Sprinting from porch to porch in working-class neighborhoods has become routine for Los Angeles mayoral candidate Emanuel Pleitez, although gangbangers and young Latino mothers may be wondering what the hell is going on. In hardscrabble South Central, you don't see many 6-foot-3, 220-pound Latino men in office attire running along the block, knocking at doors and asking people for a moment to chat. Something very peculiar is happening.
"I wish I could go out more often," says Pleitez, 30. "This is the most fun part — talking with the voters."
An unlikely product of L.A.'s barrios and woeful LAUSD schools, born to an illegal immigrant who crossed the border five months before he was born, Pleitez is also a Stanford grad tapped at 26 to work for Paul Volcker, chairman of the federal Economic Recovery Advisory Board* — and, until he quit to run for mayor, Pleitez was the high-flying chief strategy officer for leading people–search engine and social network–aggregator Spokeo.com.
Pleitez (pronounced "play-tez") greets curious residents in English or fluent Spanish — "Buenos tardes, me llamo Emanuel Pleitez y me estoy postulando para servirle como su siguiente alcalde de Los Angeles" — as he briskly walks up Trinity Street near East Adams Boulevard, where a nearby whorehouse has mothers up in arms, the park is in disarray, and many streets are controlled by the Ghetto Boys, Street Saints or Primera Flats gangs.
Having visited 40,000 voters and made 200,000 phone calls by mid-February, Pleitez is by far the youngest serious candidate for L.A. mayor in memory (Robert Yeakel, 38, came in second in 1957). His brainy, idealistic Teach for America–esque campaign workers are even younger — in fact, two top Pleitez staffers, John Hill and Michael Serna, deferred their Teach for America jobs to campaign for him. As they swarm Trinity Street to knock on doors, Pleitez zeroes in on a skinny 18-year-old with black, spiky hair sitting on a stoop with friends at Walker Temple AME Church. He's probably not a gangbanger, Pleitez thinks, but could easily fall that way.
"How are you doing, brother?" Pleitez asks. The kid, in a football jersey with short sleeves rolled up, doesn't even peer up at Pleitez, who looks for all the world like a geeky, bespectacled white guy — not a street-savvy Latino who knows the Eastside better than the cops.
Pleitez says he's running for mayor and asks the kid if he wants to vote. The kid, shaking his head, just wants the big man out of his face. "Why not?" Pleitez asks.
"It's all the same," the kid blurts out. "It's all the same," Pleitez repeats with a kind of heartbreak, studying the kid's eyes.
Here goes Pleitez again, trying to save the world. If his devout Catholic mother, Isabel Bravo, had been present, she probably would have crossed herself and said a quick prayer. "He doesn't stop and think about doing things — because he wants to 'intervene,' " Bravo says. Pleitez was a brawny kid who lettered in football, track, volleyball and basketball and tried to act as peacemaker between his nongangster friends and El Sereno's gun-wielding gangs. "I told him, 'Emanuel, they could come in the night and shoot at the house. Don't do that.' "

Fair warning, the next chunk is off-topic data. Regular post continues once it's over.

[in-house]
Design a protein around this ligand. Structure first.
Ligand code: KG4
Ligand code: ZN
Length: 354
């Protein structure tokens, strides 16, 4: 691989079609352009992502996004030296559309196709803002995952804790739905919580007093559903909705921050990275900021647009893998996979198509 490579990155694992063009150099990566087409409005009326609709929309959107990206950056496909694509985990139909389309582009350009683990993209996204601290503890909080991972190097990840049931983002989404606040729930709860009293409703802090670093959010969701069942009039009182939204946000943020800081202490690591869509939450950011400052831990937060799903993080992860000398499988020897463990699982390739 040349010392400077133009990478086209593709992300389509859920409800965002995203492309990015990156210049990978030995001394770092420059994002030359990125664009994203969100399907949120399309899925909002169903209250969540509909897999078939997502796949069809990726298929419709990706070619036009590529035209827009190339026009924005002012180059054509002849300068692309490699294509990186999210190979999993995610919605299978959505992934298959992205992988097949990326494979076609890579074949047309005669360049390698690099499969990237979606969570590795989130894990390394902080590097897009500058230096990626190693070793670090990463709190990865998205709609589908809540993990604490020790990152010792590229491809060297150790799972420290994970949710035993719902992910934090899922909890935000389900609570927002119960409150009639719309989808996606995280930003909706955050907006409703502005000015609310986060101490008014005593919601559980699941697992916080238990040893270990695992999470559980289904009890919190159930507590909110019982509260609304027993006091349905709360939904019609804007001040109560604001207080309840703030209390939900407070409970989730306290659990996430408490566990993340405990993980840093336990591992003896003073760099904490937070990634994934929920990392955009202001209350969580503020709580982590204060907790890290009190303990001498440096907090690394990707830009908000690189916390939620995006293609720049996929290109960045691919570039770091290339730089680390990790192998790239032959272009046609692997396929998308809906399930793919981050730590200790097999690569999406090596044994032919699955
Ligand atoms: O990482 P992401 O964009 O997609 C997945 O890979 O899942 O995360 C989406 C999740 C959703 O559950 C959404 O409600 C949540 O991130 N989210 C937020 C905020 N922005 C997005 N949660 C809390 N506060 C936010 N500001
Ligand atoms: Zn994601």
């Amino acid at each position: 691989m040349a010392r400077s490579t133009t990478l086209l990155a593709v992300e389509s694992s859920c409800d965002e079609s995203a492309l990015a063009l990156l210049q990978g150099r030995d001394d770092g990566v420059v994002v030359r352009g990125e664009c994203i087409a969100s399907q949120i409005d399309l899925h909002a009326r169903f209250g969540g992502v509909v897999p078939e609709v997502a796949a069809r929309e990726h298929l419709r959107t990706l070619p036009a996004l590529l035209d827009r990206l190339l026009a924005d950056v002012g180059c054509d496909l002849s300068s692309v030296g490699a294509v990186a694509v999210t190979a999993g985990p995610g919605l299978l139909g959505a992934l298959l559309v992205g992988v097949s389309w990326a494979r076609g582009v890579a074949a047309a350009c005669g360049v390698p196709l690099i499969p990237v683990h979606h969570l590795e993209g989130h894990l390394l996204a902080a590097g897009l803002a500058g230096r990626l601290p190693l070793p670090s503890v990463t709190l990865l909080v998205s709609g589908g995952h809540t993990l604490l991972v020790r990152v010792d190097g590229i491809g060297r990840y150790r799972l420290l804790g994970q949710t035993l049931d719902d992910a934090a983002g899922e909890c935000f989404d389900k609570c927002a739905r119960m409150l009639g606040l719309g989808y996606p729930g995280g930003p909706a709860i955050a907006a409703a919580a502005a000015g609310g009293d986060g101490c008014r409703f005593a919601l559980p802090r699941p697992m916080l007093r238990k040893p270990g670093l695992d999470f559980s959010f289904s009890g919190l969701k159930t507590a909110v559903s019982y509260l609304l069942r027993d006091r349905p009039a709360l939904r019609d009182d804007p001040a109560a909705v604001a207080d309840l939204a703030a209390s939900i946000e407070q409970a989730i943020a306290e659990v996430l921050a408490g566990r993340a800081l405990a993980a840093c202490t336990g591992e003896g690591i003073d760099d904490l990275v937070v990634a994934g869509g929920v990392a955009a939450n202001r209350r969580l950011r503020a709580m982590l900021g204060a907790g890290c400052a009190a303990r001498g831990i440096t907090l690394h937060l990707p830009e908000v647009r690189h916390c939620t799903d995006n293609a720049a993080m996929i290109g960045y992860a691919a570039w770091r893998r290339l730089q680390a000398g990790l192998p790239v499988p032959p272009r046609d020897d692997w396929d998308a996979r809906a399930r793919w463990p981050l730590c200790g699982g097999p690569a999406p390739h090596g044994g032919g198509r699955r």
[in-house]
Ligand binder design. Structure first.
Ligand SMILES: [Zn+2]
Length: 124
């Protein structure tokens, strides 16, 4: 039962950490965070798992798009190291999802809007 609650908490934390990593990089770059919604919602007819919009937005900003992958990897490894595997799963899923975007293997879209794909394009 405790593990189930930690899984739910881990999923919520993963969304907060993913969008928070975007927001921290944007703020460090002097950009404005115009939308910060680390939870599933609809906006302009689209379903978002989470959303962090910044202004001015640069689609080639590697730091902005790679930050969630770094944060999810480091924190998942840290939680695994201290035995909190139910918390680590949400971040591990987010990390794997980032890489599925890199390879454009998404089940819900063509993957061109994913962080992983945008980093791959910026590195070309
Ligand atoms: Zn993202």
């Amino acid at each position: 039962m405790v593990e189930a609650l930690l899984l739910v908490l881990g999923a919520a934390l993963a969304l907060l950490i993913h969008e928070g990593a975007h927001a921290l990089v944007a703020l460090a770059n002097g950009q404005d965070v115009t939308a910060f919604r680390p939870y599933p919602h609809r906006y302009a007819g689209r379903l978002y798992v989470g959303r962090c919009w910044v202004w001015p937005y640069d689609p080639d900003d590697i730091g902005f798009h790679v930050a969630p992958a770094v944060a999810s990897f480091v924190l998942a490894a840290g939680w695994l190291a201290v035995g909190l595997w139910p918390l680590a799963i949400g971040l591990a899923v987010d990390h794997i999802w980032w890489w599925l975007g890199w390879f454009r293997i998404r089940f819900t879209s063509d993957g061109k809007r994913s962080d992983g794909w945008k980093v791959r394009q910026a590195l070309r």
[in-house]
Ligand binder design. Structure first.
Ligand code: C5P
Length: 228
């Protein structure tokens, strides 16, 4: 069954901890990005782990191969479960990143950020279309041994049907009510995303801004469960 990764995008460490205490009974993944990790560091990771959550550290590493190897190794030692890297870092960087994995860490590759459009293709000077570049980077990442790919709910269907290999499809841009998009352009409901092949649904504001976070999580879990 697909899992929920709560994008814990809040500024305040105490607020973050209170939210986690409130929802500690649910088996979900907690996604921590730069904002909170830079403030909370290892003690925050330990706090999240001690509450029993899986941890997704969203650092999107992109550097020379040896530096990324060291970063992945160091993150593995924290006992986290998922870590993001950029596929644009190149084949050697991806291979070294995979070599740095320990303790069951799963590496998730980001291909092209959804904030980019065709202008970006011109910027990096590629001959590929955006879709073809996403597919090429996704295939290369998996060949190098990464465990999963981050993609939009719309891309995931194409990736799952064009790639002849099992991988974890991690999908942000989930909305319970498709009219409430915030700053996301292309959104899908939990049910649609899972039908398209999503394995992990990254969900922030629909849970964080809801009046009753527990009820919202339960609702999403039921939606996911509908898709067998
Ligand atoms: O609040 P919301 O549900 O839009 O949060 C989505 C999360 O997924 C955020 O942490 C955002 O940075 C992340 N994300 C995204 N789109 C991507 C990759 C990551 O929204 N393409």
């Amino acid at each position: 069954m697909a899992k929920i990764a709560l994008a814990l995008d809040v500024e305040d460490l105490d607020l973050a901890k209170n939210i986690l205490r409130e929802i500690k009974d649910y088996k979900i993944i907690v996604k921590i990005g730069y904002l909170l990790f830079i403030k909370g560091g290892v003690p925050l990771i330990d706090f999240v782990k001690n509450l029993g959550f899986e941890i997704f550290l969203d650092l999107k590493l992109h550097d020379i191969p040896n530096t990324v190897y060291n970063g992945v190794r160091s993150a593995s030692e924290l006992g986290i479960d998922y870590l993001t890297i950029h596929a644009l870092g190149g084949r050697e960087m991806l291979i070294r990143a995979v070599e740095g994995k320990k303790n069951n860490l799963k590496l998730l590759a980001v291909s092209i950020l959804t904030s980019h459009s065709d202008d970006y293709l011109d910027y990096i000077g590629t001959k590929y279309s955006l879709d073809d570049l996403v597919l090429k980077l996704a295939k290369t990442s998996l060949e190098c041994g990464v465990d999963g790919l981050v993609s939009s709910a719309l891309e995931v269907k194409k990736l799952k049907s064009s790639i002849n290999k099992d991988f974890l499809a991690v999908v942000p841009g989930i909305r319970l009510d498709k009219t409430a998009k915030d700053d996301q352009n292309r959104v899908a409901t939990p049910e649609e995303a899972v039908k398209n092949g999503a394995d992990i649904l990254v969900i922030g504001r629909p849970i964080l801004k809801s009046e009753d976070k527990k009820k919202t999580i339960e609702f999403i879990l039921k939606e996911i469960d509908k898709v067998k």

Pleitez hands the kid a campaign pamphlet. "Here's my name and phone number. Call me if you ever need something." The kid reluctantly takes it.
"He's hardened by this neighborhood," Pleitez explains later. "Someone needs to intervene in that life."
On a grander scale, that's exactly what Pleitez, a political mutt with views from socially liberal to fiscally conservative, hopes to do with Los Angeles — intervene. He likes former Mayor Richard Riordan's idea of requiring the vast roll of 45,360 city workers to take greater responsibility for their pensions, wants to find a way to shift $1 billion into economic development zones and, like Antonio Villaraigosa, would jump directly into the education wars, targeting the dropout rate.
Using data-mining and other high-tech tricks he learned at Spokeo — for $3.95 per month, it peddles the home-purchase histories, emails and family trees of millions of people — Pleitez and his team of 150 are canvassing pockets of "high-propensity" minority voters in Boyle Heights, Watts, the East Valley and other neglected areas. He believes he will win many Latinos, who could comprise 21 percent to 26 percent of the March 5 vote — the same voters sought by mayoral candidate Eric Garcetti.
If you buy into Pleitez's upbeat math, he squeaks into a May 21 runoff against mayoral candidate Wendy Greuel. Veteran politicos say that's impossible — Pleitez can't afford the media buys required to drill his unknown name into voters' minds. "He's never run for city office," says an unworried Bill Carrick, Garcetti's strategist. "He doesn't have enough money, and the other candidates got a head start."